WRIEZEN: Märkisch-Oderland, Brandenburg Print

Coat of arms of Wriezen52°43′0″N 14°07′59″E.  Wriezen is a town in Märkisch-Oderland, Brandenburg, 11 km SE of Bad Freienwalde. Jewish history. Jewish history. In 1677, shortly after Elector Friedrich Wilhelm allowed jews to settle in Brandenburg through his edict of 1671, Jews settled although during the 18th century, Prussian policy toward Jews was restrictive so the congregation remained small. Status as "protection Jew" ["protected Jew"] was restricted to few, leading to younger siblings leaving. State regulated economic policy restricted freedom of trade, leading to the impoverishment of most Jewish families in Wriezen. In the 18th century, no organized congregational activity existed. The Jews of Wriezen built their first synagogue in 1820, replacing it with a larger one in 1886. The Emancipation Edict of 1812 improved the general situation leading to an influx of Jews to Wriezen although legal equality was withheld until the German Empire was founded in 1871. In the first half of the 19th century, the Jewish economic situation was quite modest but improved toward the end of the century. Population increased in the 19th and the beginning of the 20th century to a constant 100 to 120 At least 59 Wriezen Jews were deported and murdered between 1940 and 1945. They are commemorated in Yad Vashem Memorial. [August 2012]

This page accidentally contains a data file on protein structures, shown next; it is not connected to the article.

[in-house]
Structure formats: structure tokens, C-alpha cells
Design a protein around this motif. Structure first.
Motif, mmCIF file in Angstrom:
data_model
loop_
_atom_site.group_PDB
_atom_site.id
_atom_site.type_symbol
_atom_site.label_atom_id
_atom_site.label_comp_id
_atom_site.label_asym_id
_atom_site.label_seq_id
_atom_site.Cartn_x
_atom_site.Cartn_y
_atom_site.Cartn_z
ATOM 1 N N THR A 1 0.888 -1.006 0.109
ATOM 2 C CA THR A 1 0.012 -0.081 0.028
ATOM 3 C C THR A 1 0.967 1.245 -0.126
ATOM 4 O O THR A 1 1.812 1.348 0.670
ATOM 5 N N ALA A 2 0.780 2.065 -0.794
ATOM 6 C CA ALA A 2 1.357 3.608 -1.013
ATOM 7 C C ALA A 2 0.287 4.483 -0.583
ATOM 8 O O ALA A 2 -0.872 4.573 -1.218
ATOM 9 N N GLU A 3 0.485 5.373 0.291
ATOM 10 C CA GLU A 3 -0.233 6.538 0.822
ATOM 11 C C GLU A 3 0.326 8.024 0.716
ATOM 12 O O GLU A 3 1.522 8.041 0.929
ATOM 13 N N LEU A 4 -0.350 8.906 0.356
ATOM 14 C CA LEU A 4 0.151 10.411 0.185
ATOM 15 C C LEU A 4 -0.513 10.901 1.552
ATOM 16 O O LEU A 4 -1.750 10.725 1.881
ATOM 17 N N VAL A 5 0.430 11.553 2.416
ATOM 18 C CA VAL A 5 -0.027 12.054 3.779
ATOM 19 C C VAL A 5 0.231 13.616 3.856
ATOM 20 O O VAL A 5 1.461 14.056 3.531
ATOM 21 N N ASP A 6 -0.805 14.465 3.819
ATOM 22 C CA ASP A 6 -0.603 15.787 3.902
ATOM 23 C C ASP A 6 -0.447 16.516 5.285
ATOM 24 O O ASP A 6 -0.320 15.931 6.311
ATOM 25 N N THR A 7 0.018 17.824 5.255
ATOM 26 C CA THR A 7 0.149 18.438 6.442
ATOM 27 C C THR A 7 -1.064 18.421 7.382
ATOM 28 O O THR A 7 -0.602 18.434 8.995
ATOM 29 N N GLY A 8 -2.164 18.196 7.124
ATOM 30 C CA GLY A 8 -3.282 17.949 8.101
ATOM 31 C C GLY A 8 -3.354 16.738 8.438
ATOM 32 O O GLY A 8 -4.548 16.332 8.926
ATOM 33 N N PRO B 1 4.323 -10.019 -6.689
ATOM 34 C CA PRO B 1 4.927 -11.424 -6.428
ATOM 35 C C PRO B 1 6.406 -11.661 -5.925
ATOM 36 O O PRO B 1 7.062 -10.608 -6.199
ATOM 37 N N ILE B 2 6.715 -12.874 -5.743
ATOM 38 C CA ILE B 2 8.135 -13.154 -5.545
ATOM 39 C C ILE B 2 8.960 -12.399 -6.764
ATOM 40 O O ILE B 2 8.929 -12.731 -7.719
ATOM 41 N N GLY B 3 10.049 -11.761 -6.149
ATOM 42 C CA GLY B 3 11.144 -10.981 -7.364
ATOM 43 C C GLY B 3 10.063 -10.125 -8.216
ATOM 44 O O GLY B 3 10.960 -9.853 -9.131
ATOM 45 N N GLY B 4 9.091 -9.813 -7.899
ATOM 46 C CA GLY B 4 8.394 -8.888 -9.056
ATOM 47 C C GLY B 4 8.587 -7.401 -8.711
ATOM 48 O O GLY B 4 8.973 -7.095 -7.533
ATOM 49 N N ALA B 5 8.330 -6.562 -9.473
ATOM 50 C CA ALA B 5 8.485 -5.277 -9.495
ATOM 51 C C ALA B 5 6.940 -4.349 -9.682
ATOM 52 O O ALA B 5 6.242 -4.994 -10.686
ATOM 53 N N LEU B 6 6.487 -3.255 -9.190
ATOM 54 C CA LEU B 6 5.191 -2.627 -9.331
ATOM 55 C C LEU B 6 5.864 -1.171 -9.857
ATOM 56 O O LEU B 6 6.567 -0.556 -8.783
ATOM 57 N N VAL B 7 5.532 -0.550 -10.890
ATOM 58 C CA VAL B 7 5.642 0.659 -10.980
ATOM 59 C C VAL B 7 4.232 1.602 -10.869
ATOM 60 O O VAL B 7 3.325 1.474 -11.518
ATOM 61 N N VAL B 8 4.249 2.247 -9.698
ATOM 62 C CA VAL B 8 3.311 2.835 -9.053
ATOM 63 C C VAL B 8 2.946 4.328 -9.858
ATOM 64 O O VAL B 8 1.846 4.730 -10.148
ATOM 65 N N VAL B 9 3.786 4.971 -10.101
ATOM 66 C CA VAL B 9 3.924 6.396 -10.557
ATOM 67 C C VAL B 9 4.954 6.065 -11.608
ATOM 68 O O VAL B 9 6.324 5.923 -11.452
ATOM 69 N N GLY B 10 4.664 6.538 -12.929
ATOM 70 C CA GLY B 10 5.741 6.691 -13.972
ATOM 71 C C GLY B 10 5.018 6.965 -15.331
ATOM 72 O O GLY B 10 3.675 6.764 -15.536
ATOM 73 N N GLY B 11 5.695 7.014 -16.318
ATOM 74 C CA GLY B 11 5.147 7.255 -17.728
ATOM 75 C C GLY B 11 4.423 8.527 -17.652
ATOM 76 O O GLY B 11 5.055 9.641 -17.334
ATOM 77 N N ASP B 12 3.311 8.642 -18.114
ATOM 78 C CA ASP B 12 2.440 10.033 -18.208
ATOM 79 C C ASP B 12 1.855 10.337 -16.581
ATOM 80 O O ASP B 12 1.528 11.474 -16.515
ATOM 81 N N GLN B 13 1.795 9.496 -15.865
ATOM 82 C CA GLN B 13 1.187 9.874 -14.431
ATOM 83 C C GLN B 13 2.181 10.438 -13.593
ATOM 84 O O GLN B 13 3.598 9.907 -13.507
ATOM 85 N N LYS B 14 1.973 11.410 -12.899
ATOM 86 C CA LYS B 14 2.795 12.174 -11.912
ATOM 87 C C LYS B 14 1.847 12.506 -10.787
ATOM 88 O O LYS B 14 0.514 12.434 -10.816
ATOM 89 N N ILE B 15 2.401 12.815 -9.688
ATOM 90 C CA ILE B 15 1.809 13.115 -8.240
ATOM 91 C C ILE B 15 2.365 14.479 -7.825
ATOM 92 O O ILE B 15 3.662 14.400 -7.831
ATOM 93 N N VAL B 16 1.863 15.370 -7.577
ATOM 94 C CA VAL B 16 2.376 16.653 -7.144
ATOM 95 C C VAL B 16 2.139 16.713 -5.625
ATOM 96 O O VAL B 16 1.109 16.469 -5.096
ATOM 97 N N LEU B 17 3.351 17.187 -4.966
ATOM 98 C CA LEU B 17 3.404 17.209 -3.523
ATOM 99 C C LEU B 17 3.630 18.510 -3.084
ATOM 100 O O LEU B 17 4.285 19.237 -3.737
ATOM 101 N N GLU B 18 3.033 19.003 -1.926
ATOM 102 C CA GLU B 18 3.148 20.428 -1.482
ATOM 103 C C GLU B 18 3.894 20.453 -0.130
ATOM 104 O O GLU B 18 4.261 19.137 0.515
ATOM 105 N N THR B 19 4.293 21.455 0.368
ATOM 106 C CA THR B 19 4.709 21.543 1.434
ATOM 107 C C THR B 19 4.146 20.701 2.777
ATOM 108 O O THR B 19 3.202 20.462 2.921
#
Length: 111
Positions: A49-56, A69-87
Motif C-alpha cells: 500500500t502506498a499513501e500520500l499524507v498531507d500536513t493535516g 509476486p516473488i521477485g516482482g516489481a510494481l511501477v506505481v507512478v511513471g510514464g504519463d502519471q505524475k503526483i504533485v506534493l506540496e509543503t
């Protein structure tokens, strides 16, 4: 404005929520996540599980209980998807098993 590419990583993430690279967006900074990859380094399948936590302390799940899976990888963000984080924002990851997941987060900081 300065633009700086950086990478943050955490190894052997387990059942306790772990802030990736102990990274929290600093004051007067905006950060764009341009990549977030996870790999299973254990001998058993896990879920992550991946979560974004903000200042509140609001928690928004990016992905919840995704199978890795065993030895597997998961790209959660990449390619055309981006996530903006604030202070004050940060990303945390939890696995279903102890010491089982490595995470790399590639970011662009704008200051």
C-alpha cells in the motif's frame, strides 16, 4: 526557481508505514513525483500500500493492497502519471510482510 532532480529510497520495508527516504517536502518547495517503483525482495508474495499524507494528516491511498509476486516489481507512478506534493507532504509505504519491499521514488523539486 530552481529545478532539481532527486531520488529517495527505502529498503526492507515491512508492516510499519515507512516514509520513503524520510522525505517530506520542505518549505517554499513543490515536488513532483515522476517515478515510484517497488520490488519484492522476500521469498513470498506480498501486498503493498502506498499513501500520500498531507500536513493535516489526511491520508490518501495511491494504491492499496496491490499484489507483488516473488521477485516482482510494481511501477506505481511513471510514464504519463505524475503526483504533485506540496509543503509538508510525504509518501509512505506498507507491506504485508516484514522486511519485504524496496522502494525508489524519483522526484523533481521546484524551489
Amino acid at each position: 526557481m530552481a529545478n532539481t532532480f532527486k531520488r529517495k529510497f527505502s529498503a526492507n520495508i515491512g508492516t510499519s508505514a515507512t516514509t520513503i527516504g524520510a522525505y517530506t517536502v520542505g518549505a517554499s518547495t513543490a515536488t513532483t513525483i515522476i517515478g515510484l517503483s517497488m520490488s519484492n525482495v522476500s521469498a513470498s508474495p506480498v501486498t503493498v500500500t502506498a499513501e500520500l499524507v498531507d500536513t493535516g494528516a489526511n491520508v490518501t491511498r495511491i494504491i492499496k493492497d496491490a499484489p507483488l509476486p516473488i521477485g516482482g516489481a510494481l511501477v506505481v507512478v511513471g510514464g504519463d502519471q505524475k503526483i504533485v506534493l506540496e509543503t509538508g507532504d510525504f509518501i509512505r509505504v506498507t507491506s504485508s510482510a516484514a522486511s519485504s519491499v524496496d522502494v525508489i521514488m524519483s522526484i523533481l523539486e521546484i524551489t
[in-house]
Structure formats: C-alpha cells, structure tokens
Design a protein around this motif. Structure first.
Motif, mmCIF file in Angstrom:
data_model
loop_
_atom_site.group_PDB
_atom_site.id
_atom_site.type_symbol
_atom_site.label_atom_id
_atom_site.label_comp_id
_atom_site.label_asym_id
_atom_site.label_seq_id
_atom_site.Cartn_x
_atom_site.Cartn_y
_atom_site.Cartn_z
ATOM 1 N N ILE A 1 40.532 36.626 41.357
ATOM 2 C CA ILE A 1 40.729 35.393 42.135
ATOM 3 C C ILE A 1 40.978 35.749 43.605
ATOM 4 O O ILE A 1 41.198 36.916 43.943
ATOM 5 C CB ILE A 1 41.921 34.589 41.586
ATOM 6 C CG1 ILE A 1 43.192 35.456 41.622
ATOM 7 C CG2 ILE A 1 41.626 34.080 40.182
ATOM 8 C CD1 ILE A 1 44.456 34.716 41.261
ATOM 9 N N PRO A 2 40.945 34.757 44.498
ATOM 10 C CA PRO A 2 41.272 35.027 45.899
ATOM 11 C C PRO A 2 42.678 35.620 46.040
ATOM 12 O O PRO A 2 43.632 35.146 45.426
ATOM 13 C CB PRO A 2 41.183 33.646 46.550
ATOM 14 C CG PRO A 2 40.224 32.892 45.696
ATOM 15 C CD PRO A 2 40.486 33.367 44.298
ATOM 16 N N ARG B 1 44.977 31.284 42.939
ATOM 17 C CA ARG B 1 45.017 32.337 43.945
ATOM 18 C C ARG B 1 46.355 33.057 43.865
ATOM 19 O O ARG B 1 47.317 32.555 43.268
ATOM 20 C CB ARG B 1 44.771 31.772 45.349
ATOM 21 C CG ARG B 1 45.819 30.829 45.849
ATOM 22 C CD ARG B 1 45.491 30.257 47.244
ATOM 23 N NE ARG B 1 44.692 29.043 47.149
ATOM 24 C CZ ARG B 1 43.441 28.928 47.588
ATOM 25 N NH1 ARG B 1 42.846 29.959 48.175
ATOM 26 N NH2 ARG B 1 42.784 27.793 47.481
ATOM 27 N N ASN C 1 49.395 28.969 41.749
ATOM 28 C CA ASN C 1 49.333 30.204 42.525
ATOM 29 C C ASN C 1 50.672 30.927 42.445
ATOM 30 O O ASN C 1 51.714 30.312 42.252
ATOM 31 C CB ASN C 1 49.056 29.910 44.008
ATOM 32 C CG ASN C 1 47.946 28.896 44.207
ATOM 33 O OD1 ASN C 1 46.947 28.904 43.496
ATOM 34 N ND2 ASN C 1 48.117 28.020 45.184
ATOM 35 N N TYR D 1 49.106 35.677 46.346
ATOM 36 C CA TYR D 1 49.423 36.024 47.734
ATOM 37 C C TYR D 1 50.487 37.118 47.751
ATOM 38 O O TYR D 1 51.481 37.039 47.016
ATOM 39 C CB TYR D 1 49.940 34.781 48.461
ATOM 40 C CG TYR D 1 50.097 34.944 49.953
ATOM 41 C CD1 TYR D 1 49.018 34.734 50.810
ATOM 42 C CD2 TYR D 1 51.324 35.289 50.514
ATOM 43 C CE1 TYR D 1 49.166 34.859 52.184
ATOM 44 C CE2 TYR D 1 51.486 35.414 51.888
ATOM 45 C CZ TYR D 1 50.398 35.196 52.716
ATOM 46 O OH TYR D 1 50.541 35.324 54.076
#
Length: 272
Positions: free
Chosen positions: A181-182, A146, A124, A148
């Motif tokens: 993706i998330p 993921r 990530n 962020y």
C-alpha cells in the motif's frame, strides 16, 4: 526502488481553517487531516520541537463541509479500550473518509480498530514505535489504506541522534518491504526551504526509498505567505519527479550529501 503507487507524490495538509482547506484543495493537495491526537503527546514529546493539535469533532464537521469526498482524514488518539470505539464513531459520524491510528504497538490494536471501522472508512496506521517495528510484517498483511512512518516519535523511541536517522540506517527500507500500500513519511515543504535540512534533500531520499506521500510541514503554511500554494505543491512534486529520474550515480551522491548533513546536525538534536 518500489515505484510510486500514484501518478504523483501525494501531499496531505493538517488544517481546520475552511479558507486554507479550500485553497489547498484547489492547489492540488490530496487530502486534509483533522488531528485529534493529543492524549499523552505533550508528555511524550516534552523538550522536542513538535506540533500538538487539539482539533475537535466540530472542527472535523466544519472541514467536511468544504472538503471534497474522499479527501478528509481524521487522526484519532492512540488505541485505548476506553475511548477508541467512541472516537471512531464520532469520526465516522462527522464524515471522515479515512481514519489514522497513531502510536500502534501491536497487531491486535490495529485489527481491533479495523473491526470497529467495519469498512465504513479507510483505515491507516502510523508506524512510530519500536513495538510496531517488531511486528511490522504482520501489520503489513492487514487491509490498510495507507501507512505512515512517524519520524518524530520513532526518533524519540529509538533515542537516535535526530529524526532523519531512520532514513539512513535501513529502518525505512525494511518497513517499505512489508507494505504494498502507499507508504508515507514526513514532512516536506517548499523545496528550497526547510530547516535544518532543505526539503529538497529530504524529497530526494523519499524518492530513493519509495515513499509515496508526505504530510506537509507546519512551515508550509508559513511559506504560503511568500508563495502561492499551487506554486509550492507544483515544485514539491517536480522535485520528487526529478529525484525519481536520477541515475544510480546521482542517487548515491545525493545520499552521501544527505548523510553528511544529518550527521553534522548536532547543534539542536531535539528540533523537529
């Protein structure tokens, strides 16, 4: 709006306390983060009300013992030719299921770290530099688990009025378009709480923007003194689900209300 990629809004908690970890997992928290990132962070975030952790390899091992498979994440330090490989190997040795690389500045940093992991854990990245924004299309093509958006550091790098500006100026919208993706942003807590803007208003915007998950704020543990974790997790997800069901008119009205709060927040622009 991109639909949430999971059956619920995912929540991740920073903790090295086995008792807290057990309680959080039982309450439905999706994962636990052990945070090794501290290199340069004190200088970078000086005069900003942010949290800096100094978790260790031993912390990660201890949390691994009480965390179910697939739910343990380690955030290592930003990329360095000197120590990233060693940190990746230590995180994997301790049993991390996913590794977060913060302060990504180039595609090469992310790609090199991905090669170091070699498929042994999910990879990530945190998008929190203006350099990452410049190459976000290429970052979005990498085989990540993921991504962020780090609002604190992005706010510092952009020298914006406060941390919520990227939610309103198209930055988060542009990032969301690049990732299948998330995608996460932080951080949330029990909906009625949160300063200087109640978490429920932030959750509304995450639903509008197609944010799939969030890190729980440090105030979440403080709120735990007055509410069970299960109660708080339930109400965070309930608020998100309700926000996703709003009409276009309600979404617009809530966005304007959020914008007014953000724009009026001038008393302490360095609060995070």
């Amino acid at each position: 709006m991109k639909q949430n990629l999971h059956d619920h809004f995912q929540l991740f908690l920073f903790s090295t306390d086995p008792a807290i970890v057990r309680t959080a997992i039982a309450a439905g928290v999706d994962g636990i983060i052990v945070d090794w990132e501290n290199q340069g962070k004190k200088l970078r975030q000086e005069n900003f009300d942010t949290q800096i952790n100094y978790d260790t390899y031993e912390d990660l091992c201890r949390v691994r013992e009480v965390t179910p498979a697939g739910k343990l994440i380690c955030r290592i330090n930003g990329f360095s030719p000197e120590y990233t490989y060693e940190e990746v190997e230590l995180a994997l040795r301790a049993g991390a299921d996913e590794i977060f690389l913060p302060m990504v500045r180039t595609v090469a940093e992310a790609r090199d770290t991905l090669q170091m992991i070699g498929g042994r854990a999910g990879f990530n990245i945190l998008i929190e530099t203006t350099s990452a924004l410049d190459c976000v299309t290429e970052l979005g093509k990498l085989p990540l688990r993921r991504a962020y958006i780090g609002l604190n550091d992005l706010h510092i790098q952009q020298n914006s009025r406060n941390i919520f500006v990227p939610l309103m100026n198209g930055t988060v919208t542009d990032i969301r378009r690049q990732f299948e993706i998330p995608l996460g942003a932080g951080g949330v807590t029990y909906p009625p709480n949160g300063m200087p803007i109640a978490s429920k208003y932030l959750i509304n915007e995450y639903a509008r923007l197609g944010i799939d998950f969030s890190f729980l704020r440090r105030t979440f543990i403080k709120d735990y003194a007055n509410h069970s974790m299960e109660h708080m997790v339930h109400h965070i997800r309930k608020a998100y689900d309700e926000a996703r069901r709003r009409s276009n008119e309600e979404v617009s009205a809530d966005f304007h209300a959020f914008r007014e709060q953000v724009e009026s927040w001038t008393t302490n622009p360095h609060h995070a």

cemetery: 16269 Brandenburg (Gerz, Peters). Cemetery may date from 1730 with 131 gravestones, the earliest dated 1773. The final burial is 1940. history. [August 2012]

Last Updated on Wednesday, 29 August 2012 16:50